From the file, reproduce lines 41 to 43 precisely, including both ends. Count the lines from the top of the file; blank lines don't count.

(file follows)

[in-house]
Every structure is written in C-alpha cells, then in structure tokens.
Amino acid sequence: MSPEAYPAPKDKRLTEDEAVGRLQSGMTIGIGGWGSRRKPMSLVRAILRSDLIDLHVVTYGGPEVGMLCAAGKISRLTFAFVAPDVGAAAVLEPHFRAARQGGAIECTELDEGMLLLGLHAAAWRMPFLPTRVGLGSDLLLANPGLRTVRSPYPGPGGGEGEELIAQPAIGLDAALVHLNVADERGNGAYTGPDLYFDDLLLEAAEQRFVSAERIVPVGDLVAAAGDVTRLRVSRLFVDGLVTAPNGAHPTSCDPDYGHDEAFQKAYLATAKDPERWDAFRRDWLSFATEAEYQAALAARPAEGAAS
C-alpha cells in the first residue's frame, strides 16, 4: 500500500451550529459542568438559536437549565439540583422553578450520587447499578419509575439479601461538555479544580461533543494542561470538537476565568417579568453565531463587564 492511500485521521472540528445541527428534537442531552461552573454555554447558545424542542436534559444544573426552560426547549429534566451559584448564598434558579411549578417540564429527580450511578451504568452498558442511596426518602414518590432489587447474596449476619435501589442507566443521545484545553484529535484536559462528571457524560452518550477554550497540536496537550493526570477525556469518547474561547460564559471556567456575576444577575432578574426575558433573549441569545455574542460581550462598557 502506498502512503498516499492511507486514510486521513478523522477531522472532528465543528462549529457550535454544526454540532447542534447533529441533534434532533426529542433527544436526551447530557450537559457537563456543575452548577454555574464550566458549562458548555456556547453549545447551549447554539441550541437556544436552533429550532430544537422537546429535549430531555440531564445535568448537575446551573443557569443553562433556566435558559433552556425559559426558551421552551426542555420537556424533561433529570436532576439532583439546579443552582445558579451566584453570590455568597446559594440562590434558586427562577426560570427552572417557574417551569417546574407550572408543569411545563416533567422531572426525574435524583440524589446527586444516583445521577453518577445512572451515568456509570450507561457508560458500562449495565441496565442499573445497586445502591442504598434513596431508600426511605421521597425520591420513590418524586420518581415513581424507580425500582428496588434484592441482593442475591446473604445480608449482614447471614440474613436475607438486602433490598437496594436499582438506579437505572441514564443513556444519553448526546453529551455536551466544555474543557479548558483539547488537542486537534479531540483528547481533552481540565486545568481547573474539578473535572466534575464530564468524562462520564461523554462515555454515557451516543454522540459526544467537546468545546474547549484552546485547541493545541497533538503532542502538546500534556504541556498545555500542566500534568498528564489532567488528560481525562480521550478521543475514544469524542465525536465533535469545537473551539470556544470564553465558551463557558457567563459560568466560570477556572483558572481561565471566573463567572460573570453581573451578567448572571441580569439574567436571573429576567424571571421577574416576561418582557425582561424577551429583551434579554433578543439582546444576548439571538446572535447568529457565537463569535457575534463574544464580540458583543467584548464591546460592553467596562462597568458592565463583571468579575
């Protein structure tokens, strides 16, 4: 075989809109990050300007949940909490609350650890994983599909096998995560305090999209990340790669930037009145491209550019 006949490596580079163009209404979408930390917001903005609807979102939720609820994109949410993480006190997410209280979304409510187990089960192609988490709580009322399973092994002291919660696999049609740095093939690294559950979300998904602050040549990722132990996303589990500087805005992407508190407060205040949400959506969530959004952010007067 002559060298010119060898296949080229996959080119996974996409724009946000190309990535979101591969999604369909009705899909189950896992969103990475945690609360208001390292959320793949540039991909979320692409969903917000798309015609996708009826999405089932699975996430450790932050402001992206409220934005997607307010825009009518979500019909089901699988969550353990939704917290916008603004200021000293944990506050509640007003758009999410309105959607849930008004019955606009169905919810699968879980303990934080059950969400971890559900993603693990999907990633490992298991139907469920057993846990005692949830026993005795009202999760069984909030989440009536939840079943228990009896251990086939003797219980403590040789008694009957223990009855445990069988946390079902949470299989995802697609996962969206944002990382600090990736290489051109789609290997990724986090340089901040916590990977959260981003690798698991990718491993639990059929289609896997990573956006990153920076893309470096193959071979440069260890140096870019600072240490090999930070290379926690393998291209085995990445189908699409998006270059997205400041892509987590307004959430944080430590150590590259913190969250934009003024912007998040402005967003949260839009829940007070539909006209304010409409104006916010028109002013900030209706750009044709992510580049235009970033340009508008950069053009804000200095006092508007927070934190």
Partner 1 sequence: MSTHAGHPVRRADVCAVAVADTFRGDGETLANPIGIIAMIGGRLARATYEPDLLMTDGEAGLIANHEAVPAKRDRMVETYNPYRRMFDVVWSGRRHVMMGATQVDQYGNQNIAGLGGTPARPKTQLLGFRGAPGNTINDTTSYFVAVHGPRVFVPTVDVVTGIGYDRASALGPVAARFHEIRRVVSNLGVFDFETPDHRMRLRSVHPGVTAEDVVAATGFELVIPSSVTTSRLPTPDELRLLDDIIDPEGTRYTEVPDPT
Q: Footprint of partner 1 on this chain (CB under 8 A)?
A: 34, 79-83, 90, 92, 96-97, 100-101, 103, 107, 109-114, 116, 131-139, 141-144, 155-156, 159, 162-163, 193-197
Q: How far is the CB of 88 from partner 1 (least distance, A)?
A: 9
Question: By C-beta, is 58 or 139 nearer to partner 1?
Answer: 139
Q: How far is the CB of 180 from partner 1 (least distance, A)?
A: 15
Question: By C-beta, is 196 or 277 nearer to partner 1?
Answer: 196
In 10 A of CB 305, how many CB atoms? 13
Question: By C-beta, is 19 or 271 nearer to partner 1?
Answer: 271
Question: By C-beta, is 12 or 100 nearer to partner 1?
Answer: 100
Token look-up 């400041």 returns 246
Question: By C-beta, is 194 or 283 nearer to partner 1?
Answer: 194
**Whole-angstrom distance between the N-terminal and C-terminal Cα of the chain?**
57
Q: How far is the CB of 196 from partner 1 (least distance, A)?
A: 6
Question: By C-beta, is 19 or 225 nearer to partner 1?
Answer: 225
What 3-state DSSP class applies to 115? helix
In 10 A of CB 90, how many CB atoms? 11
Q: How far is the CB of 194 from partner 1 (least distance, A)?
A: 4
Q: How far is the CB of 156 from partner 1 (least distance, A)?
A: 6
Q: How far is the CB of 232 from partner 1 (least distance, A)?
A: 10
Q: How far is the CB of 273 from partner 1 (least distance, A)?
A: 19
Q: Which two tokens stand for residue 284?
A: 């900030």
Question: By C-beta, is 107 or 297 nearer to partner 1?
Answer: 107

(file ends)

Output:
Q: Which two tokens stand for residue 284?
A: 């900030």
Question: By C-beta, is 107 or 297 nearer to partner 1?